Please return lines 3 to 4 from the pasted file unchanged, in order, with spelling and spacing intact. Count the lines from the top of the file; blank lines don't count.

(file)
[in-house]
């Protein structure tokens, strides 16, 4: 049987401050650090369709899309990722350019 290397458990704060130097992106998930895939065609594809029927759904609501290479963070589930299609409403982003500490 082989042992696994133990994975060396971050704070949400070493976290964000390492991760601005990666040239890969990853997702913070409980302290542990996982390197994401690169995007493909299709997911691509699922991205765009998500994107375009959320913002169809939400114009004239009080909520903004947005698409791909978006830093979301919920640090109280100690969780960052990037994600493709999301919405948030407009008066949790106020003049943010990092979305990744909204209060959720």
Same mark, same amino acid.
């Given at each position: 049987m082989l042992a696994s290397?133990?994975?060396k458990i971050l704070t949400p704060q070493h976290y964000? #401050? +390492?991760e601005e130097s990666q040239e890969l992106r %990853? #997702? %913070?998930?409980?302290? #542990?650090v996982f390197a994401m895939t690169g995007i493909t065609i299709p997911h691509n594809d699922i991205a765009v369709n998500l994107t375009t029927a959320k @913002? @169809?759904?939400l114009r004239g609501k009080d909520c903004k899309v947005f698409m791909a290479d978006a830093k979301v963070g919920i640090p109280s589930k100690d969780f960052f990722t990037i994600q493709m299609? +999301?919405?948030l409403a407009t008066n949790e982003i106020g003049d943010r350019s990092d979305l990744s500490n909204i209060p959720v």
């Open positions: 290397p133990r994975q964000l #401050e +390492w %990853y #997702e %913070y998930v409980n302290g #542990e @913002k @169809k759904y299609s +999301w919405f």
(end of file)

Same mark, same amino acid.
């Given at each position: 049987m082989l042992a696994s290397?133990?994975?060396k458990i971050l704070t949400p704060q070493h976290y964000? #401050? +390492?991760e601005e130097s990666q040239e890969l992106r %990853? #997702? %913070?998930?409980?302290? #542990?650090v996982f390197a994401m895939t690169g995007i493909t065609i299709p997911h691509n594809d699922i991205a765009v369709n998500l994107t375009t029927a959320k @913002? @169809?759904?939400l114009r004239g609501k009080d909520c903004k899309v947005f698409m791909a290479d978006a830093k979301v963070g919920i640090p109280s589930k100690d969780f960052f990722t990037i994600q493709m299609? +999301?919405?948030l409403a407009t008066n949790e982003i106020g003049d943010r350019s990092d979305l990744s500490n909204i209060p959720v």